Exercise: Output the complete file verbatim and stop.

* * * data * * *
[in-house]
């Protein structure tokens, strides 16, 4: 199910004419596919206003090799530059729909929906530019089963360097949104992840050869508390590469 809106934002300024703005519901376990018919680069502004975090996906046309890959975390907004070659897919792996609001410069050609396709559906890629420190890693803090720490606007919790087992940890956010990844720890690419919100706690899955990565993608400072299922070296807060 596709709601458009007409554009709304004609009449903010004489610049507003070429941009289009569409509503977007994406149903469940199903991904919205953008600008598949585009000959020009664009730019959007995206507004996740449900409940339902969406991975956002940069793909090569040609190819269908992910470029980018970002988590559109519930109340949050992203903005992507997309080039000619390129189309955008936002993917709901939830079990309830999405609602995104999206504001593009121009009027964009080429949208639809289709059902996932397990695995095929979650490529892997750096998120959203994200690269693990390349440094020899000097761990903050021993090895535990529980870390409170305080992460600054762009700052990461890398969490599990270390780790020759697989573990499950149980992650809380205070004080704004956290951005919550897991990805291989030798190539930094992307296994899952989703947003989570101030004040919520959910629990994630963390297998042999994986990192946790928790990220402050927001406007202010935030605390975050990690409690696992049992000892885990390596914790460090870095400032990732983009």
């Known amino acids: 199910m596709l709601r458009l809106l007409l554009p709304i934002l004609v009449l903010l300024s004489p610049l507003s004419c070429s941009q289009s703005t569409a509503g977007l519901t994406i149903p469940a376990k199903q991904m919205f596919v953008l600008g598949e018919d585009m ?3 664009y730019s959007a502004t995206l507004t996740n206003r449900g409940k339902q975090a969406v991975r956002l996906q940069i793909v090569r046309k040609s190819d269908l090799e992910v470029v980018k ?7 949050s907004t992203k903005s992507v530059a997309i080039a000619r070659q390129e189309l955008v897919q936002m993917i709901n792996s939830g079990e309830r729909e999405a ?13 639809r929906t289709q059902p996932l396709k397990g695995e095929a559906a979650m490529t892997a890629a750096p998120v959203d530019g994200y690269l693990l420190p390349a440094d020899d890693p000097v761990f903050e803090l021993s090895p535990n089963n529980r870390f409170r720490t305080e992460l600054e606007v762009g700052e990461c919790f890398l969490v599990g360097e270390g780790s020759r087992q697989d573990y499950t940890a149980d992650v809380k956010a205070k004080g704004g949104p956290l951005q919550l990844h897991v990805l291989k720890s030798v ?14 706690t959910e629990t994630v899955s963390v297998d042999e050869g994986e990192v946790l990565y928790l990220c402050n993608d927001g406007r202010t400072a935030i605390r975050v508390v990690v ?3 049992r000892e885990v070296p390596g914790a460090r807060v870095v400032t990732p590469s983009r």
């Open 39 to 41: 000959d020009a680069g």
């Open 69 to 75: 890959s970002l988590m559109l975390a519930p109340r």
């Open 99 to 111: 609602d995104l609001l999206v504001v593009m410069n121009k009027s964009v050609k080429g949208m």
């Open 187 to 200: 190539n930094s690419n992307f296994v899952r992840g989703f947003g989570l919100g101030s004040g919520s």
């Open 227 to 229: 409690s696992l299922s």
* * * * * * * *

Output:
[in-house]
């Protein structure tokens, strides 16, 4: 199910004419596919206003090799530059729909929906530019089963360097949104992840050869508390590469 809106934002300024703005519901376990018919680069502004975090996906046309890959975390907004070659897919792996609001410069050609396709559906890629420190890693803090720490606007919790087992940890956010990844720890690419919100706690899955990565993608400072299922070296807060 596709709601458009007409554009709304004609009449903010004489610049507003070429941009289009569409509503977007994406149903469940199903991904919205953008600008598949585009000959020009664009730019959007995206507004996740449900409940339902969406991975956002940069793909090569040609190819269908992910470029980018970002988590559109519930109340949050992203903005992507997309080039000619390129189309955008936002993917709901939830079990309830999405609602995104999206504001593009121009009027964009080429949208639809289709059902996932397990695995095929979650490529892997750096998120959203994200690269693990390349440094020899000097761990903050021993090895535990529980870390409170305080992460600054762009700052990461890398969490599990270390780790020759697989573990499950149980992650809380205070004080704004956290951005919550897991990805291989030798190539930094992307296994899952989703947003989570101030004040919520959910629990994630963390297998042999994986990192946790928790990220402050927001406007202010935030605390975050990690409690696992049992000892885990390596914790460090870095400032990732983009």
């Known amino acids: 199910m596709l709601r458009l809106l007409l554009p709304i934002l004609v009449l903010l300024s004489p610049l507003s004419c070429s941009q289009s703005t569409a509503g977007l519901t994406i149903p469940a376990k199903q991904m919205f596919v953008l600008g598949e018919d585009m ?3 664009y730019s959007a502004t995206l507004t996740n206003r449900g409940k339902q975090a969406v991975r956002l996906q940069i793909v090569r046309k040609s190819d269908l090799e992910v470029v980018k ?7 949050s907004t992203k903005s992507v530059a997309i080039a000619r070659q390129e189309l955008v897919q936002m993917i709901n792996s939830g079990e309830r729909e999405a ?13 639809r929906t289709q059902p996932l396709k397990g695995e095929a559906a979650m490529t892997a890629a750096p998120v959203d530019g994200y690269l693990l420190p390349a440094d020899d890693p000097v761990f903050e803090l021993s090895p535990n089963n529980r870390f409170r720490t305080e992460l600054e606007v762009g700052e990461c919790f890398l969490v599990g360097e270390g780790s020759r087992q697989d573990y499950t940890a149980d992650v809380k956010a205070k004080g704004g949104p956290l951005q919550l990844h897991v990805l291989k720890s030798v ?14 706690t959910e629990t994630v899955s963390v297998d042999e050869g994986e990192v946790l990565y928790l990220c402050n993608d927001g406007r202010t400072a935030i605390r975050v508390v990690v ?3 049992r000892e885990v070296p390596g914790a460090r807060v870095v400032t990732p590469s983009r």
């Open 39 to 41: 000959d020009a680069g």
């Open 69 to 75: 890959s970002l988590m559109l975390a519930p109340r």
């Open 99 to 111: 609602d995104l609001l999206v504001v593009m410069n121009k009027s964009v050609k080429g949208m």
């Open 187 to 200: 190539n930094s690419n992307f296994v899952r992840g989703f947003g989570l919100g101030s004040g919520s």
């Open 227 to 229: 409690s696992l299922s």